sudo docker run -p 443:6984 -e COUCHDB_USER=<ADMIN-USER -e COUCHDB_PASSWORD=<PASSWORD> -e BBRF_PASSWORD=<BBRF-PASSWORD> honoki/bbrf-server

To verify if everything is working go to https://127.0.0.1/_utils/#database/bbrf/_all_docs. If you want a valid certificate you can replace the /etc/couchdb/cert with your own.

The Client Part:

The server is online and running. Now we can start installing the client, and with this client, we will be able to add and retrieve data from our server. BBRF uses python3 to run, so this needs to be installed on your system.

The client can be installed with pip like described on the Github page https://github.com/honoki/bbrf-client/

sudo pip install bbrf

Then create the config file at ~/.bbrf/config.json and fill in the server settings. If you are using a self-signed certificate you need to set the flag “ignore_ssl_errors” to true.

{
    "username": "admin",
    "password": "<Server Password>",
    "couchdb": "https://127.0.0.1/bbrf",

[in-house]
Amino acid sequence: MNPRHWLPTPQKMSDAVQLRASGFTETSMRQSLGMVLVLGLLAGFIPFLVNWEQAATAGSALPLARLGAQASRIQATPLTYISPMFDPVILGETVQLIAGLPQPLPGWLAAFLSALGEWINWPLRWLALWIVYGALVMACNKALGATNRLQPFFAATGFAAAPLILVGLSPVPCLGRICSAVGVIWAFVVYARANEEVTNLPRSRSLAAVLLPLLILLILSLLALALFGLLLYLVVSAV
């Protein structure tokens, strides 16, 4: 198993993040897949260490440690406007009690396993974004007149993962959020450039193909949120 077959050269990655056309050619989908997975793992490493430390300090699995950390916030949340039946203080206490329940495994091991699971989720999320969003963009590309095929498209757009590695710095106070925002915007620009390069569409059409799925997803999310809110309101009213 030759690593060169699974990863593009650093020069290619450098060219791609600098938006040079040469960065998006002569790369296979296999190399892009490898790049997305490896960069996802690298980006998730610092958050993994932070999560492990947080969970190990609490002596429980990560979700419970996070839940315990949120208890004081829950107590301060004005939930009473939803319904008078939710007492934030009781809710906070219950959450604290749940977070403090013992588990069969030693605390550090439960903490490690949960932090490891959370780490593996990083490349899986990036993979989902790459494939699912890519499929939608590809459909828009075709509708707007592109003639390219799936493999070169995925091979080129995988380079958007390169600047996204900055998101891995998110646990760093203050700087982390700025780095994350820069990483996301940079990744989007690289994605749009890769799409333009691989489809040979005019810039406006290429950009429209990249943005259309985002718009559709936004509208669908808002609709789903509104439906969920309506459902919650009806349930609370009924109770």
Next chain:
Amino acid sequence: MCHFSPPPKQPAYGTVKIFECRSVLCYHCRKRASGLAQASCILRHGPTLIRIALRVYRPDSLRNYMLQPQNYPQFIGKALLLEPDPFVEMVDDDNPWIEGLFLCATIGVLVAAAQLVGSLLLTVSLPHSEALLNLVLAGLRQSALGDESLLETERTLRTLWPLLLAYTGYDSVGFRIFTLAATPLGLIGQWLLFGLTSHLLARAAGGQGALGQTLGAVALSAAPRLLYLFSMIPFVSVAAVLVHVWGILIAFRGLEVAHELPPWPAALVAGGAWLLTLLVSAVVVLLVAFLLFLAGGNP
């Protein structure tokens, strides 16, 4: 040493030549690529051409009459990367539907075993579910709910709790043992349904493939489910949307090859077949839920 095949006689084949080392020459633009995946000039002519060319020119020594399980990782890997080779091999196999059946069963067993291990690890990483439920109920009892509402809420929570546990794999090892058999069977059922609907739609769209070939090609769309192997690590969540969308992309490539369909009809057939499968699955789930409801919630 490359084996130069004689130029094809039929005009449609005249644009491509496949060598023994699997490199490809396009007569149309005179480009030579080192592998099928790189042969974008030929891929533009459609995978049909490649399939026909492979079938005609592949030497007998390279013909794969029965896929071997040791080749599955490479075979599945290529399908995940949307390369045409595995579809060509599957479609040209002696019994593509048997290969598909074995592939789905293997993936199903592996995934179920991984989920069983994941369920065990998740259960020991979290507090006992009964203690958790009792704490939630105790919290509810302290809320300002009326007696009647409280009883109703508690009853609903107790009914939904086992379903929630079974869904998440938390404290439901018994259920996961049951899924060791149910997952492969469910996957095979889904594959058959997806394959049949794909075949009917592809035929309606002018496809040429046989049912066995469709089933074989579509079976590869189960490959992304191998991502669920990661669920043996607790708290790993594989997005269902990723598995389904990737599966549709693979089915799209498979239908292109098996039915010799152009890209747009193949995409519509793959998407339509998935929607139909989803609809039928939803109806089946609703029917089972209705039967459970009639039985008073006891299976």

"slack_token": "<a slack token to receive notifications>",
    "discord_webhook": "<your discord webhook if you want one>",
    "ignore_ssl_errors": true
}

The Basics

Both the server and the client are running now and we can start using the framework. I will go over a couple of things to get you going. All information can also be found on Honoki’s Github page https://github.com/honoki/bbrf-client.

First we need to create a program where we will store all the information for this program. We can also enable, disable or remove programs.

bbrf new Intigriti		# create new program
bbrf disable Intgriti		# disable program	
bbrf enable Intigriti		# enable program
bbrf rm Intigriti		# remove program	

We can list programs we created with 2 commands.

bbrf programs –show-disabled
bbrf programs –show-empty-scope

Now we can start using this program and add some data to it.